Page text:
Occupational License Reform Supported By Two Bills This Week

Lawmakers moving to reduce barrier to employment

This week was significant for the cause of greater opportunity to earn a living in Wisconsin. Two occupational licensing reform bills, spearheaded by a group of Republican lawmakers, seek to provide an important corrective to the decades-long growth in occupational licensing that ensnares more and more workers with red tape and regulations. They deserve support from conservatives.  

Occupational licenses are government permission slips to work in certain regulated professions. From physicians, dentists, and pharmacists to cosmetologists, manicurists, and massage therapists, Wisconsin requires licenses to work for hundreds of different professions.

But the growth of licenses, particularly among low and middle income jobs, has become a bipartisan cause for concern. In 1950, just five percent of U.S. workers needed a license to work. Today, it’s estimated that 25-30 percent of workers need a license. These licenses mandate workers to pass exams, reach minimum hours of training, pay fees and renewal fees, and often continuing education requirements once licensed.

It’s a major problem in the Badger State.

Research from the Wisconsin Institute for Law & Liberty (WILL) found an 84 percent increase in license types regulated by the Wisconsin Department of Safety and Professional Services (DSPS) between 1996 and 2016. The department regulates more than 440,000 workers, costing Wisconsin an estimated 30,000 jobs and nearly $2 billion in higher consumer costs.

In addition, a WILL study found that burdensome licensure requirements (fees, training hours, exams, etc.) result in lower employment. Wisconsin was ranked fifth worst in the country for ten occupations and could expect to see significant employment growth in professions like cosmetologists, manicurists, and massage therapists with some modest reform. These burdens were recently highlighted by a Wisconsin Policy Research Institute story where a barber loved by Packers players couldn’t open his own shop due to unique Wisconsin licensing requirements.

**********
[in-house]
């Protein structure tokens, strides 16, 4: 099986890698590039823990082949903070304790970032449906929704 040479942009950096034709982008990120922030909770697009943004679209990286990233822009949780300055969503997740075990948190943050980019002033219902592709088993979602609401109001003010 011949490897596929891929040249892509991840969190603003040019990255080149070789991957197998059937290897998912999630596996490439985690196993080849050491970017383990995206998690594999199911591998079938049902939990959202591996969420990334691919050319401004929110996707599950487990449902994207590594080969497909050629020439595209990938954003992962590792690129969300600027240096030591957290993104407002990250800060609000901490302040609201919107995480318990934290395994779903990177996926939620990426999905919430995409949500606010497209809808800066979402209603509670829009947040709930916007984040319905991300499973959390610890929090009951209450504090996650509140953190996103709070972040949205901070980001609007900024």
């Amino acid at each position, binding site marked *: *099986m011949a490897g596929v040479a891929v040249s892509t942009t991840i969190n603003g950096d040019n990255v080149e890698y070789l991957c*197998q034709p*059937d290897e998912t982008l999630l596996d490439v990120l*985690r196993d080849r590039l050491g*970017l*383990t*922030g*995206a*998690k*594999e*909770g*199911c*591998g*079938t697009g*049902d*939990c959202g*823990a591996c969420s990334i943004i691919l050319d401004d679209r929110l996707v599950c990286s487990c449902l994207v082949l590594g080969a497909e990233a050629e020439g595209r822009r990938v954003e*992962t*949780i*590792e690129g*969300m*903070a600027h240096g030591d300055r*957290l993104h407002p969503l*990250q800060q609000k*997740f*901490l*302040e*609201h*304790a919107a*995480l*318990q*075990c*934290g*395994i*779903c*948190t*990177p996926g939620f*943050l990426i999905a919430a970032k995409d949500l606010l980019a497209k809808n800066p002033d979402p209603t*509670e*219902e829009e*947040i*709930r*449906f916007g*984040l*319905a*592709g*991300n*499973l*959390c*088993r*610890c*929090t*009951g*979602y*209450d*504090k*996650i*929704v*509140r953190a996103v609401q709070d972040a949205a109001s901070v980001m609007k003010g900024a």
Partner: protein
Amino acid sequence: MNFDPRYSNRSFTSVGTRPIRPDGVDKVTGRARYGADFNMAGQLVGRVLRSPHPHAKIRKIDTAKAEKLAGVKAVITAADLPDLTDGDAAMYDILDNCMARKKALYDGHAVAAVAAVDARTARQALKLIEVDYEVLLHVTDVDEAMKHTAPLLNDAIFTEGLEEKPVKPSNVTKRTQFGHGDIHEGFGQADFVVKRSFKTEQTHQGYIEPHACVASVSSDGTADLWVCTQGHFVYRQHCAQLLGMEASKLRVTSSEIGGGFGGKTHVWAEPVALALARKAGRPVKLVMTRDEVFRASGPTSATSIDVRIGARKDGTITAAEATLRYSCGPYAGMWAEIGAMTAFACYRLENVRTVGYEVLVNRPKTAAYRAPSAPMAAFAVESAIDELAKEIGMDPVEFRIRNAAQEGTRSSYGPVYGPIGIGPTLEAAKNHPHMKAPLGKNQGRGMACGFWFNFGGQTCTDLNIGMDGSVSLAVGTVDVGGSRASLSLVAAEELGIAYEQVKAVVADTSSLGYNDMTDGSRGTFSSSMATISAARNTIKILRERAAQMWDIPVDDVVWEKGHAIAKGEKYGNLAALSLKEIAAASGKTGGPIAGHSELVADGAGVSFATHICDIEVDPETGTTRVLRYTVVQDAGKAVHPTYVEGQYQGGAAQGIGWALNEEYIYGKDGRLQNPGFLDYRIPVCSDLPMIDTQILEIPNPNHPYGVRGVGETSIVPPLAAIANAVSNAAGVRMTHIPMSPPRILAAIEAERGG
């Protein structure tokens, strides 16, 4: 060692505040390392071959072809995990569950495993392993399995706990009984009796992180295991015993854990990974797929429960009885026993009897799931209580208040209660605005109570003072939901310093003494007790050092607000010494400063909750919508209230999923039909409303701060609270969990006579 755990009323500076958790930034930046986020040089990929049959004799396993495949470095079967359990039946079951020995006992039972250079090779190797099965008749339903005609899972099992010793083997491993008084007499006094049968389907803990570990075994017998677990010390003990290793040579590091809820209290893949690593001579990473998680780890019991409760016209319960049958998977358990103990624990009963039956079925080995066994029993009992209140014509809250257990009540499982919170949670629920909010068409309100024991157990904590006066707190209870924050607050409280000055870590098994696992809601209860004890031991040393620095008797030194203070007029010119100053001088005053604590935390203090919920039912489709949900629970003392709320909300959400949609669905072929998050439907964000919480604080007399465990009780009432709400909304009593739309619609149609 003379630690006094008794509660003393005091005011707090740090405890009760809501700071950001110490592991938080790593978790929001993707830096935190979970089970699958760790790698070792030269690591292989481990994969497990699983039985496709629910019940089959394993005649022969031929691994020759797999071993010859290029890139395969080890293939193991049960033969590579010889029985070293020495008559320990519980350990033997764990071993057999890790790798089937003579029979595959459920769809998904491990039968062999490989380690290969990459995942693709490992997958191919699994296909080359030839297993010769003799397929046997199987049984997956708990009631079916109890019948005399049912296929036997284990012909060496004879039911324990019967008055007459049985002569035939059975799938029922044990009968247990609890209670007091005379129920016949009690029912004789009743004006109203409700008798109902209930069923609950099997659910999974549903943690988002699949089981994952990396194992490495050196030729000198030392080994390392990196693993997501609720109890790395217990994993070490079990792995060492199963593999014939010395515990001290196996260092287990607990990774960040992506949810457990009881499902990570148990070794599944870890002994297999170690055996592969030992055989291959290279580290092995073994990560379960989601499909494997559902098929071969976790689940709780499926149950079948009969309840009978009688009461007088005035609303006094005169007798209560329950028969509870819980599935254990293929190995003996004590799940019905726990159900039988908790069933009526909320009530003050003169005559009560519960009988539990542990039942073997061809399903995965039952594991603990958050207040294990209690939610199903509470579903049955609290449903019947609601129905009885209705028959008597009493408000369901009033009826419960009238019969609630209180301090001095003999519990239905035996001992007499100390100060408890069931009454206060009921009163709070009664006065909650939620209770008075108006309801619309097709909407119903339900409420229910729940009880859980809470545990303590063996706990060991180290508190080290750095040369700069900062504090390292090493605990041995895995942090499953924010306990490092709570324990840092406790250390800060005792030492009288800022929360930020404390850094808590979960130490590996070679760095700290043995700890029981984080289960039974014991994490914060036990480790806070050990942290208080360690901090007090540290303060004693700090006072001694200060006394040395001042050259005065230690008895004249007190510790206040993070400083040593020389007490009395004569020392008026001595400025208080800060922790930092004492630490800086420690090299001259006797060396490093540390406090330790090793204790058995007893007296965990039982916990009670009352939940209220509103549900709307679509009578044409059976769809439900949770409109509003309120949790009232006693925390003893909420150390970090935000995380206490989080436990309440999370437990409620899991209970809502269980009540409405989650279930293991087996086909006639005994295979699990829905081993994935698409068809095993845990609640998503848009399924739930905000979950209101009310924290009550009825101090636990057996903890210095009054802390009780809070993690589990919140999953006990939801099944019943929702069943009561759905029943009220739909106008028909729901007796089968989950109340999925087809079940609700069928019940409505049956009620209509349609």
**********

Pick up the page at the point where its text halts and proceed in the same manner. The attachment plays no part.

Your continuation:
In response, Senators Alberta Darling and Chris Kapenga, along with Representatives Rob Hutton and Dale Kooyenga, introduced a bill to create an Occupational Licensing Review Council to study and make recommendations on all existing licenses by the end of 2018. The Council’s goal will be to examine licenses and regulations with an eye towards lowering barriers to entry while preserving licenses and regulations necessary for the health and safety of the public. In addition, this bill creates a “sunrise” process whereby any new license will be objectively scrutinized to determine whether there is clear evidence that new regulation is necessary to protect health and public safety.

Pushing the reform envelope further, Darling, Kapenga, and Hutton also announced a bill to create the framework for a self-certification registration system in Wisconsin. Pioneered in Indiana, self-certification registration is an innovate reform that balances training, market information, and opportunity. Under this system, the state would accredit private training programs and provide those that earn certification with a “state certified” label. This would incentivize training, provide valuable market information, without hindering opportunity or innovation. In other words, it’s a smart, free-market alternative to licensing.

Despite the intense pace of the national news cycle, and a legislature that is increasingly focused on the issue of transportation, these important reforms ought not to be overlooked. As Wisconsin continues its path towards creating a competitive business environment, there ought to be an increased focus on how Wisconsin can also enhance opportunity. Tackling licensing reform is a great start.

Collin Roth is a Research Fellow at the Wisconsin Institute for Law & Liberty.

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